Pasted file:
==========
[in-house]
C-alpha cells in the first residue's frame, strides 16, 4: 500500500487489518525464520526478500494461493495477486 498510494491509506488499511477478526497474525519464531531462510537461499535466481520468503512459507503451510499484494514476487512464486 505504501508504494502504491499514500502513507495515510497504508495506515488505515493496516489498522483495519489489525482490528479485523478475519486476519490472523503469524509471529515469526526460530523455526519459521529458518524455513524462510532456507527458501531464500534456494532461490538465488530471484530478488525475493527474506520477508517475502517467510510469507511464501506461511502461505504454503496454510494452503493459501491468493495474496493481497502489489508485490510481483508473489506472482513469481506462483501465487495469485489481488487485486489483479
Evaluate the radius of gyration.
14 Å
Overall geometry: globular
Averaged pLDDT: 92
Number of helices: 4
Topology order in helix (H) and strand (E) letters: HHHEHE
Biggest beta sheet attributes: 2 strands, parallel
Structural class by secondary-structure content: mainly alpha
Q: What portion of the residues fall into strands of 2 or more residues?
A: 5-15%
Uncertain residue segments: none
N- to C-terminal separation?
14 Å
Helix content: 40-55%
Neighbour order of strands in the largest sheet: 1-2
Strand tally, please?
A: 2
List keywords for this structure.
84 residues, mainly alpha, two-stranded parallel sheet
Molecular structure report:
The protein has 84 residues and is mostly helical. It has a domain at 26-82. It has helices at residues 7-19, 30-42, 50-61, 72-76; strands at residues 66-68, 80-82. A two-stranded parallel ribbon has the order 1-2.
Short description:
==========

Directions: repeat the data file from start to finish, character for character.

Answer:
[in-house]
C-alpha cells in the first residue's frame, strides 16, 4: 500500500487489518525464520526478500494461493495477486 498510494491509506488499511477478526497474525519464531531462510537461499535466481520468503512459507503451510499484494514476487512464486 505504501508504494502504491499514500502513507495515510497504508495506515488505515493496516489498522483495519489489525482490528479485523478475519486476519490472523503469524509471529515469526526460530523455526519459521529458518524455513524462510532456507527458501531464500534456494532461490538465488530471484530478488525475493527474506520477508517475502517467510510469507511464501506461511502461505504454503496454510494452503493459501491468493495474496493481497502489489508485490510481483508473489506472482513469481506462483501465487495469485489481488487485486489483479
Evaluate the radius of gyration.
14 Å
Overall geometry: globular
Averaged pLDDT: 92
Number of helices: 4
Topology order in helix (H) and strand (E) letters: HHHEHE
Biggest beta sheet attributes: 2 strands, parallel
Structural class by secondary-structure content: mainly alpha
Q: What portion of the residues fall into strands of 2 or more residues?
A: 5-15%
Uncertain residue segments: none
N- to C-terminal separation?
14 Å
Helix content: 40-55%
Neighbour order of strands in the largest sheet: 1-2
Strand tally, please?
A: 2
List keywords for this structure.
84 residues, mainly alpha, two-stranded parallel sheet
Molecular structure report:
The protein has 84 residues and is mostly helical. It has a domain at 26-82. It has helices at residues 7-19, 30-42, 50-61, 72-76; strands at residues 66-68, 80-82. A two-stranded parallel ribbon has the order 1-2.
Short description: